The street on which I lived as a child was on a moderate hill – not overly steep, but enough that you certainly knew you were walking up a hill. Our street fitted in with another to form a circle, so there were always two different ways to get home. The most direct way involved walking up the hill. The less direct way meant walking up more of the hill (in the other direction) and then turning and walking downhill for a while to reach the house. This was a bit of a no-brainer when walking, but riding a bike was a different story.
Which way to go? The shorter hill, right? Nope! Not for me. I needed to finish on that downhill run. I would choose to have a longer uphill ride just so I had that wonderful, free feeling of flying downhill at the end. As a bonus, I didn’t reach home tired and out of breath.
Yummy dinner and vegetables. When you’re a child, those two things rarely go together. But we have to eat our veggies. So what do we do? My mother used to tell the story of being shut in the bathroom until she ate her peas. She would pop them one by one down the floor drain. At other times she would hide them under her mashed potatoes and on a really good night, she would manage to slide the potatoes (with hidden peas) onto her brother’s plate. The mashed potato story stayed with me and I quickly learnt that if I ate my veggies first – if I was lucky, covered with potato or gravy – then I could enjoy the rest of the meal without the vegetable concern hanging over my head. I still eat my veggies first.
So what does this have to do with playing the piano? More specifically, practising the piano?
The peak-end rule states that our evaluation of past experiences tend to be based on their most intense point (best or worst), and how they end. In a 1993 study, Nobel laureate Daniel Kahneman and colleagues asked a group of people to place their hands in uncomfortably cold water, but in two slightly different conditions. In one condition they had to keep their hand submerged in 14°C water for 60 seconds (which is not exactly comfortable). In another condition they were asked to place their hand in 14°C water for 60 seconds, but then leave it there for an additional 30 seconds while the temperature was gradually raised to 15°C. While 15°C is still unpleasant , is noticeably less painful than 14°C.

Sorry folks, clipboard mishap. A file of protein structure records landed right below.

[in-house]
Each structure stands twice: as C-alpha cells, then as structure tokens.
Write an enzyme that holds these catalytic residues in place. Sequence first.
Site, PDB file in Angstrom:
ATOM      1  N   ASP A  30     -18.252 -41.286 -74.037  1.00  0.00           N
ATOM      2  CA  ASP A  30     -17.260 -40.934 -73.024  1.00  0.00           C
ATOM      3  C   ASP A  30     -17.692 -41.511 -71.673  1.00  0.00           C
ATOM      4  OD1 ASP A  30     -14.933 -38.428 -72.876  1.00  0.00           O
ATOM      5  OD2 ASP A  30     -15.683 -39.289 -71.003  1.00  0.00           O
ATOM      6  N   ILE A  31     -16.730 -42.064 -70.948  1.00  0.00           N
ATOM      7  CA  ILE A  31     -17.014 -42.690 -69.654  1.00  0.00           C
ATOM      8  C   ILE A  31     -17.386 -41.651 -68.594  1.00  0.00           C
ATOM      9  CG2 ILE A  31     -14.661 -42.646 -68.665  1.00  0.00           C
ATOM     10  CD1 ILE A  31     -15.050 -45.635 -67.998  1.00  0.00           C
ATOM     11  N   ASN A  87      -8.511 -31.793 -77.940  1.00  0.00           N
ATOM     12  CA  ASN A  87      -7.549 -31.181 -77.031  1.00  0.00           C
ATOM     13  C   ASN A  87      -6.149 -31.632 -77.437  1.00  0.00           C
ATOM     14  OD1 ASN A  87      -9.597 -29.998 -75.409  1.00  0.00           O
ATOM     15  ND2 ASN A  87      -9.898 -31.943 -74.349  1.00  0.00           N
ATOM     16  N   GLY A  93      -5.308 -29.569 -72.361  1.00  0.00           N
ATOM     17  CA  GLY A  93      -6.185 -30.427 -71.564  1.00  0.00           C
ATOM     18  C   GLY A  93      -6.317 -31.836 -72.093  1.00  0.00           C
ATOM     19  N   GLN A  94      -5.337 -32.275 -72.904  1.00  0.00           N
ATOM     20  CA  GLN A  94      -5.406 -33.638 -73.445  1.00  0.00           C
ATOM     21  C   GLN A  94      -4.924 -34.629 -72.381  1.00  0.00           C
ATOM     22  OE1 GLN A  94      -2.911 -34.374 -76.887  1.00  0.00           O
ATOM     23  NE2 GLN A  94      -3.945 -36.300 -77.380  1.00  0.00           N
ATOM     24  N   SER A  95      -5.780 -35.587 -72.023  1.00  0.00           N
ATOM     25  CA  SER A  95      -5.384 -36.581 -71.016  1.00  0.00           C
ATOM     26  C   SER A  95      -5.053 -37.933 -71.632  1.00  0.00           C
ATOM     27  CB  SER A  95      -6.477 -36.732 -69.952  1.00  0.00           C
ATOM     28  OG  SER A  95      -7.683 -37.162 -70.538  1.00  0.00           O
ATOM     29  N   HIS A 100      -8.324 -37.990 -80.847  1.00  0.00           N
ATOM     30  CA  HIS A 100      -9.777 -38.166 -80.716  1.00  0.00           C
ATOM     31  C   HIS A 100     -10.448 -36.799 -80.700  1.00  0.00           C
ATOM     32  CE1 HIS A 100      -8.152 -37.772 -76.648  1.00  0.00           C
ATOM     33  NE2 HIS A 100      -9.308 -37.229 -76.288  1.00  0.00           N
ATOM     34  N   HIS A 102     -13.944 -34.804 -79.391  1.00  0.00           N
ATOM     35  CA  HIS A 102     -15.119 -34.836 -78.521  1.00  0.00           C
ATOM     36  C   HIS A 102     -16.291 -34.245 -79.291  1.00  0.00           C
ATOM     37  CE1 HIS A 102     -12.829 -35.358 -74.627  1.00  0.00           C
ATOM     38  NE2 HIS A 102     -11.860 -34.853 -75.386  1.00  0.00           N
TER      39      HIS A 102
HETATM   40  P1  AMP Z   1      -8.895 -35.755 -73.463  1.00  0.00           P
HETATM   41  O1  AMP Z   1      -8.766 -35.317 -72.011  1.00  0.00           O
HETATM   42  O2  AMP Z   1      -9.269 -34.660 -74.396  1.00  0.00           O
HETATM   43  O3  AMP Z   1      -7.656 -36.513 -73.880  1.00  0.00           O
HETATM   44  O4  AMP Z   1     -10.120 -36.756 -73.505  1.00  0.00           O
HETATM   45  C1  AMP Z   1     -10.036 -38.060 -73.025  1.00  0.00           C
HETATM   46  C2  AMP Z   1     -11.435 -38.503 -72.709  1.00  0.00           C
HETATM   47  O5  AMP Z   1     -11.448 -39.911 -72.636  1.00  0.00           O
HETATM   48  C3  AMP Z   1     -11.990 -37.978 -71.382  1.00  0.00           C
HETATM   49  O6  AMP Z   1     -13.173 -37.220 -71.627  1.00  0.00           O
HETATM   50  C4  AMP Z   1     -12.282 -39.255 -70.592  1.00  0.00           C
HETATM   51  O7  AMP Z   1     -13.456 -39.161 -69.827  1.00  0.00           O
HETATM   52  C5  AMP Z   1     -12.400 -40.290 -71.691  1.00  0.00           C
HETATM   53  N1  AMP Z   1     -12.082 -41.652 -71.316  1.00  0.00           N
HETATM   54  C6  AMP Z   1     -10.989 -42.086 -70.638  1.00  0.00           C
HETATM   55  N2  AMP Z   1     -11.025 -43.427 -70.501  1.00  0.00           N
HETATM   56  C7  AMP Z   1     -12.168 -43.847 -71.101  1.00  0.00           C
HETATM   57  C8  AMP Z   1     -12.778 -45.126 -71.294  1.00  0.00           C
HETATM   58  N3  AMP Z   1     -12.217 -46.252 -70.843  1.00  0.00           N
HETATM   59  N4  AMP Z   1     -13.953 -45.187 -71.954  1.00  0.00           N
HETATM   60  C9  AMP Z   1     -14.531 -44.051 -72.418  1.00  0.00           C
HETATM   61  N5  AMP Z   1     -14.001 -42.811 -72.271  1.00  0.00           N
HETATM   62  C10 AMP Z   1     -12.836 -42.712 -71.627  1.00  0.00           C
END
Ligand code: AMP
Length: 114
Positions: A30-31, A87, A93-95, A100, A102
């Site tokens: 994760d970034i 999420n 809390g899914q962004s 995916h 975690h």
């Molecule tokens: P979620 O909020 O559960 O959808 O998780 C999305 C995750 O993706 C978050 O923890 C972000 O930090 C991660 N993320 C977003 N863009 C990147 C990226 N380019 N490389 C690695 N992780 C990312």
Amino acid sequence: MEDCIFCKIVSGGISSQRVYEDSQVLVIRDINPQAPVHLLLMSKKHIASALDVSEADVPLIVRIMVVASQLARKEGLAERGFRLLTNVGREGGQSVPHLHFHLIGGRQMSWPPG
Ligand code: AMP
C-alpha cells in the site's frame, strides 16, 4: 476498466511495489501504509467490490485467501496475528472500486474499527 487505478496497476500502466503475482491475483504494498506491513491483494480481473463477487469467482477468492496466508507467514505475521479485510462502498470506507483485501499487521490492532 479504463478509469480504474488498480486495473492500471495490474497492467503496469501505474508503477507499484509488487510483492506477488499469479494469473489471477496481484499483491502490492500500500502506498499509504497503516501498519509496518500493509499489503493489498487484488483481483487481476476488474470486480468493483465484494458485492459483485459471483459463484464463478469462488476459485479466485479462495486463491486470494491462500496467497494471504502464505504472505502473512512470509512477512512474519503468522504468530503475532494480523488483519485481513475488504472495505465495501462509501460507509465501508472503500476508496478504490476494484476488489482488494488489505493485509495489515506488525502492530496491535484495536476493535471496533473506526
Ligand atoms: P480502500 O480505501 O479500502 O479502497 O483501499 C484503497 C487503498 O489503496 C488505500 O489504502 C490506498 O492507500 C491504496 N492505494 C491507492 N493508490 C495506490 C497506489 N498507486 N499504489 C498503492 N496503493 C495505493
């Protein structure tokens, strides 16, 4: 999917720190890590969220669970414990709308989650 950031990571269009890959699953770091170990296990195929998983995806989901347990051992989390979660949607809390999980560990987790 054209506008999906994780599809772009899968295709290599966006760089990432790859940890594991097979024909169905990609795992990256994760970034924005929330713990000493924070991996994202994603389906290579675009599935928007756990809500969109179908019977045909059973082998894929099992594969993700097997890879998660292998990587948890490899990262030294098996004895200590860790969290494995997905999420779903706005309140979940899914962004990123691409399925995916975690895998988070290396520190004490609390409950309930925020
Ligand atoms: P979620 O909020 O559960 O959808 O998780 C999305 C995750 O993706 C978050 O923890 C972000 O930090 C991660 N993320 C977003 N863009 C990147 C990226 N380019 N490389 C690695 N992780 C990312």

Given a choice, you would expect most people would choose the 60 seconds of pain rather than 60 seconds of pain + 30 more seconds of slightly reduced pain, right? But no. When given a choice of which trial to repeat, 69% of the participants chose to repeat the longer one – apparently perceiving that experience to be better overall, because of how the ending altered their perspective. Like riding up a longer hill just to experience the downhill run at the end.
We can use this philosophy to make piano practise less of a chore and make it easier to get ourselves to practise again. Save the best for last. Have a piece that you enjoy playing sitting on the piano ready for you to turn to once the more challenging parts of practise are over. Or finish practise with the piece that requires the least work. Set yourself up so that you end practise on a positive note and you will feel much more inclined to practise again the next day.
If you are considering music lessons for your child or for yourself, please contact me to discuss the options. Piano lessons are conducted at my studio in Wallsend, NSW.